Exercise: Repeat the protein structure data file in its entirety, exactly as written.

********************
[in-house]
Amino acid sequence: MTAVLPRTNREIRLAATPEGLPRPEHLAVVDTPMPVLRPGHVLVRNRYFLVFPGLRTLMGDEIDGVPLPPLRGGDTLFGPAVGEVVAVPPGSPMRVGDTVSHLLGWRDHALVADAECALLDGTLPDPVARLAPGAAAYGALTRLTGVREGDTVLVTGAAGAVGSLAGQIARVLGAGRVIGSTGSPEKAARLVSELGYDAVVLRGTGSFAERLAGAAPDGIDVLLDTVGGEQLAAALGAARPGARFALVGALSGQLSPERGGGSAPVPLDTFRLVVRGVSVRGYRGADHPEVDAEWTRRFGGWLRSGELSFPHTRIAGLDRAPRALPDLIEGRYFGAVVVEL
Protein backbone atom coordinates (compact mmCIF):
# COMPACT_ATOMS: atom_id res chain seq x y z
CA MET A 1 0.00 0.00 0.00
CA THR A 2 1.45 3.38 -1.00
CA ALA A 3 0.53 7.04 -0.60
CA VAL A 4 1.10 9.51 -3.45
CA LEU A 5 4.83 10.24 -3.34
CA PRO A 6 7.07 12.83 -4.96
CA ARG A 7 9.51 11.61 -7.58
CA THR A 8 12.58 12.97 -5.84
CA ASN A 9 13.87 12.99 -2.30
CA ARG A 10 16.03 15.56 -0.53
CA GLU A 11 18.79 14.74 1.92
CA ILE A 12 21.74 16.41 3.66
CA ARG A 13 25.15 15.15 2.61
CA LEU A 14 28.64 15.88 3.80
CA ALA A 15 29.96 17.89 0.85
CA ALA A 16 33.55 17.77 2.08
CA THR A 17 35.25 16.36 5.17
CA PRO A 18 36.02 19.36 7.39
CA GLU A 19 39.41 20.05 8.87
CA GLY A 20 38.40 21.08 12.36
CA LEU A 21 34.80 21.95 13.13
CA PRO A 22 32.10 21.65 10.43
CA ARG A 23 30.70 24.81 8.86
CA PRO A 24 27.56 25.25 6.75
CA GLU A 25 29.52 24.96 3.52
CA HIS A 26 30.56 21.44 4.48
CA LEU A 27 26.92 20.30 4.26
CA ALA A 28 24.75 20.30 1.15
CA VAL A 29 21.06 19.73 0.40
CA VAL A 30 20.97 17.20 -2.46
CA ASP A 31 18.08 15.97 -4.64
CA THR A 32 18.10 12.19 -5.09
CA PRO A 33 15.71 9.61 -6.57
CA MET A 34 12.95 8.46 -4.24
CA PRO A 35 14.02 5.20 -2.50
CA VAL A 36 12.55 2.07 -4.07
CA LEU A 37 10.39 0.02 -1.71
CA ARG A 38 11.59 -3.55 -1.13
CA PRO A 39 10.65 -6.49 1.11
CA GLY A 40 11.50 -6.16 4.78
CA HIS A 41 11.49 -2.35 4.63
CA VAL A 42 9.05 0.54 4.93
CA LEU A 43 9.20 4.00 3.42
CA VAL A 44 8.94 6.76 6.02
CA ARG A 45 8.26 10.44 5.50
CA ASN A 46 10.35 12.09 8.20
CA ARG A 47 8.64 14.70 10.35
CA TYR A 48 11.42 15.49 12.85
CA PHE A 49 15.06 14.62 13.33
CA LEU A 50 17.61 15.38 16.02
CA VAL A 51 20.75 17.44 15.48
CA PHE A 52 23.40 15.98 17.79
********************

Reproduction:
[in-house]
Amino acid sequence: MTAVLPRTNREIRLAATPEGLPRPEHLAVVDTPMPVLRPGHVLVRNRYFLVFPGLRTLMGDEIDGVPLPPLRGGDTLFGPAVGEVVAVPPGSPMRVGDTVSHLLGWRDHALVADAECALLDGTLPDPVARLAPGAAAYGALTRLTGVREGDTVLVTGAAGAVGSLAGQIARVLGAGRVIGSTGSPEKAARLVSELGYDAVVLRGTGSFAERLAGAAPDGIDVLLDTVGGEQLAAALGAARPGARFALVGALSGQLSPERGGGSAPVPLDTFRLVVRGVSVRGYRGADHPEVDAEWTRRFGGWLRSGELSFPHTRIAGLDRAPRALPDLIEGRYFGAVVVEL
Protein backbone atom coordinates (compact mmCIF):
# COMPACT_ATOMS: atom_id res chain seq x y z
CA MET A 1 0.00 0.00 0.00
CA THR A 2 1.45 3.38 -1.00
CA ALA A 3 0.53 7.04 -0.60
CA VAL A 4 1.10 9.51 -3.45
CA LEU A 5 4.83 10.24 -3.34
CA PRO A 6 7.07 12.83 -4.96
CA ARG A 7 9.51 11.61 -7.58
CA THR A 8 12.58 12.97 -5.84
CA ASN A 9 13.87 12.99 -2.30
CA ARG A 10 16.03 15.56 -0.53
CA GLU A 11 18.79 14.74 1.92
CA ILE A 12 21.74 16.41 3.66
CA ARG A 13 25.15 15.15 2.61
CA LEU A 14 28.64 15.88 3.80
CA ALA A 15 29.96 17.89 0.85
CA ALA A 16 33.55 17.77 2.08
CA THR A 17 35.25 16.36 5.17
CA PRO A 18 36.02 19.36 7.39
CA GLU A 19 39.41 20.05 8.87
CA GLY A 20 38.40 21.08 12.36
CA LEU A 21 34.80 21.95 13.13
CA PRO A 22 32.10 21.65 10.43
CA ARG A 23 30.70 24.81 8.86
CA PRO A 24 27.56 25.25 6.75
CA GLU A 25 29.52 24.96 3.52
CA HIS A 26 30.56 21.44 4.48
CA LEU A 27 26.92 20.30 4.26
CA ALA A 28 24.75 20.30 1.15
CA VAL A 29 21.06 19.73 0.40
CA VAL A 30 20.97 17.20 -2.46
CA ASP A 31 18.08 15.97 -4.64
CA THR A 32 18.10 12.19 -5.09
CA PRO A 33 15.71 9.61 -6.57
CA MET A 34 12.95 8.46 -4.24
CA PRO A 35 14.02 5.20 -2.50
CA VAL A 36 12.55 2.07 -4.07
CA LEU A 37 10.39 0.02 -1.71
CA ARG A 38 11.59 -3.55 -1.13
CA PRO A 39 10.65 -6.49 1.11
CA GLY A 40 11.50 -6.16 4.78
CA HIS A 41 11.49 -2.35 4.63
CA VAL A 42 9.05 0.54 4.93
CA LEU A 43 9.20 4.00 3.42
CA VAL A 44 8.94 6.76 6.02
CA ARG A 45 8.26 10.44 5.50
CA ASN A 46 10.35 12.09 8.20
CA ARG A 47 8.64 14.70 10.35
CA TYR A 48 11.42 15.49 12.85
CA PHE A 49 15.06 14.62 13.33
CA LEU A 50 17.61 15.38 16.02
CA VAL A 51 20.75 17.44 15.48
CA PHE A 52 23.40 15.98 17.79